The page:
Terracotta in the Home
Terracotta is another earthy material that can find new life when used in ways even slightly unexpected. We like the industrial and the simple, so we are particularly fond of terracotta. Apparently it is supposed to be a design trend this coming year, so here are some thoughts and images for you from Central London Lofts.
Although very nice, this is a traditional use of terracotta floor tiles. This aesthetic can be refined in any number of ways to suit your particular tastes and would be a long-lasting investment.
Another traditional use of terracotta, on a smaller scale. Loft spaces are often light-filled, especially if you put in skylights, so we are always on the lookout for ways to incorporate plants into these spaces and designs. Here, a few accessories placed in between the pots personalise the look.
A different approach to mixing terracotta pots up. Readers of our earlier blog on cork should note the pot on the middle shelf, second to left!
A more contemporary use of terracotta, and a masculine one. This would suit a bedroom at the top of the house – earth and air! It’s very versatile too – you could turn the room to any other purpose quite easily and still keep a sense of strong individuality.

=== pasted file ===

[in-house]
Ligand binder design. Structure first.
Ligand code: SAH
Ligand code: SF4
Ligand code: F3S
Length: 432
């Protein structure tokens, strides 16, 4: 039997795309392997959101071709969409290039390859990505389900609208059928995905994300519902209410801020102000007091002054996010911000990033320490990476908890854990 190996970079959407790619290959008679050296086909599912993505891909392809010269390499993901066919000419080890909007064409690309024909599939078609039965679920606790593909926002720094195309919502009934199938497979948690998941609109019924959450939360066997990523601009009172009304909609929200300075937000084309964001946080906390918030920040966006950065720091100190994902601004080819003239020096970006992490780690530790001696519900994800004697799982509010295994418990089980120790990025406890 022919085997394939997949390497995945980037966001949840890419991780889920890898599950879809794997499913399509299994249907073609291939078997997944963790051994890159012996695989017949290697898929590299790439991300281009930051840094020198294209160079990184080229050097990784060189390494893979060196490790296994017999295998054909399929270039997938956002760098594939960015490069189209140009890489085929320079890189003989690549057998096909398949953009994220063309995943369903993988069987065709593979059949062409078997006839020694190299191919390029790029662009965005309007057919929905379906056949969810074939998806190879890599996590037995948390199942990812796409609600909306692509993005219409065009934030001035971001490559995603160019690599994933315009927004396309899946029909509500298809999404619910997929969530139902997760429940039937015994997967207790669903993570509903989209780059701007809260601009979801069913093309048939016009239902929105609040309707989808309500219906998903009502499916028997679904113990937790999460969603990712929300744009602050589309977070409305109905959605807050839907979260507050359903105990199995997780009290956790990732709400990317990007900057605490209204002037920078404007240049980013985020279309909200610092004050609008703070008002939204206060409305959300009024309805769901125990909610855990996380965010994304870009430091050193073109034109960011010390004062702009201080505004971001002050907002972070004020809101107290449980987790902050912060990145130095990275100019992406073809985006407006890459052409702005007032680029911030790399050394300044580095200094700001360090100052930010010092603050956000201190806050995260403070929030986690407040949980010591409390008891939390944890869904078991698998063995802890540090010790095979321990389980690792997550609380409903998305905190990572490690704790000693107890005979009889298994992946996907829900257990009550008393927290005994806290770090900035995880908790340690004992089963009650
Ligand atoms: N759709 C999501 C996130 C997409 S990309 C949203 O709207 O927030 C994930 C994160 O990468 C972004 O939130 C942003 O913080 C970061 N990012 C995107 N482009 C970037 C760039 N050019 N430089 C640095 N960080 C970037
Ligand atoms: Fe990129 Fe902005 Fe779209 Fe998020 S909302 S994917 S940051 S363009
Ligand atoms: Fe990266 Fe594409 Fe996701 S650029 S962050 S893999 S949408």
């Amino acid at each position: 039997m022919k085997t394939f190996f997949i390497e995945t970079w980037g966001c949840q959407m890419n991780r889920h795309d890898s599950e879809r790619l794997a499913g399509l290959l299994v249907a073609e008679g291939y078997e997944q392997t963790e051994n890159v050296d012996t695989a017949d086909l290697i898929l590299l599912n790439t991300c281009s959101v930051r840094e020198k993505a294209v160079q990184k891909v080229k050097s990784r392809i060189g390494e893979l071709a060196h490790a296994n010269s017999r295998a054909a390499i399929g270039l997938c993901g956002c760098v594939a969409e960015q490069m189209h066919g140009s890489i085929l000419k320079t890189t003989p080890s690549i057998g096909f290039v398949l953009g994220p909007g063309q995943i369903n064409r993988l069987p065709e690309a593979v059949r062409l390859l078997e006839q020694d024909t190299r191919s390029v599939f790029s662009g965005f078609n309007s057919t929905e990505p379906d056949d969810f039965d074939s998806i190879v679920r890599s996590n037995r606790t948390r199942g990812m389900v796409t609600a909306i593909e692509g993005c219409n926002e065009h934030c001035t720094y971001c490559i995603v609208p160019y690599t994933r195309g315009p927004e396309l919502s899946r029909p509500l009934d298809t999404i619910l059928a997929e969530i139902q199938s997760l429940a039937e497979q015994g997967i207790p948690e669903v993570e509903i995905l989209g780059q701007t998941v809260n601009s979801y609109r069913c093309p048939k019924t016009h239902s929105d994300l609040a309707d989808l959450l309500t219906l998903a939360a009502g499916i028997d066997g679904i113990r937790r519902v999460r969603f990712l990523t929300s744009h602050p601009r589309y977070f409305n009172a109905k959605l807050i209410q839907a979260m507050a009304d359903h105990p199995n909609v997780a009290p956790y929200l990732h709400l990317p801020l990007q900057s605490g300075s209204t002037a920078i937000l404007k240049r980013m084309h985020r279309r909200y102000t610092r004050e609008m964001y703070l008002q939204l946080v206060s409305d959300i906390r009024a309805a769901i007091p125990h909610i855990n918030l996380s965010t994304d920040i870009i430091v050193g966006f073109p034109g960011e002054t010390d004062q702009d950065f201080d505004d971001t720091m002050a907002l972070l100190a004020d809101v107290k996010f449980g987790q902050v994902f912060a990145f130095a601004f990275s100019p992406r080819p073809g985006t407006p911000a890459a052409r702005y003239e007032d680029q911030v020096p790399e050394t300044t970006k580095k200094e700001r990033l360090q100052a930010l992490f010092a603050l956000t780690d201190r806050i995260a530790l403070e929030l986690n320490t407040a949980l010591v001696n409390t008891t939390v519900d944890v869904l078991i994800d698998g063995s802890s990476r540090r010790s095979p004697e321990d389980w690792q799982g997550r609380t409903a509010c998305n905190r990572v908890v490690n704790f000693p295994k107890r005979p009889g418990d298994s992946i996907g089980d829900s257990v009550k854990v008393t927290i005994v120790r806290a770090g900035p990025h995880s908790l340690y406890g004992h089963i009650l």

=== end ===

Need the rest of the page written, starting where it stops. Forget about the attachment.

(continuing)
Earth and light, in a different form. This also makes us think of a Damien Hirst pill sculpture.
Morocco is one of our favourite places – the smells, textures, colours, and patterns never fail to fill us with energy and life. It is also very good inspiration for work as the spaces there are open, atmospheric, and cleverly and beautifully constructed. Witness the use of terracotta in a time-honoured Moroccan home.
Spain and Mexico are two other cultures that traditionally use terracotta. This room is deceptively simple – but the use of colour, plants, and terracotta segments is very sophisticated and brings vitality to the design. This is the type of space that never, ever dates.
Terracotta is a colour too, and these poufs would be a handy way to try it out in your living space in a way that’s not too permanent, but not too temporary either.
These pots and flasks are streamlined while also being sensual. Pairing terracotta with metal really works, especially with the considered shapes. Either singly or grouped together, they are striking and could easily come from a much earlier era – they make us think of wandering through an anthropological museum. We’d love to see them in a bathroom.
A subtle combination of materials presented in a way that feels honest. We particularly like the weathered veneers – as builders, we have to continually consider time.
Pristine, sparkling white and rough terracotta do not need any other accessories. This bathroom would make a memorable en-suite to a guest bedroom at the top of the house.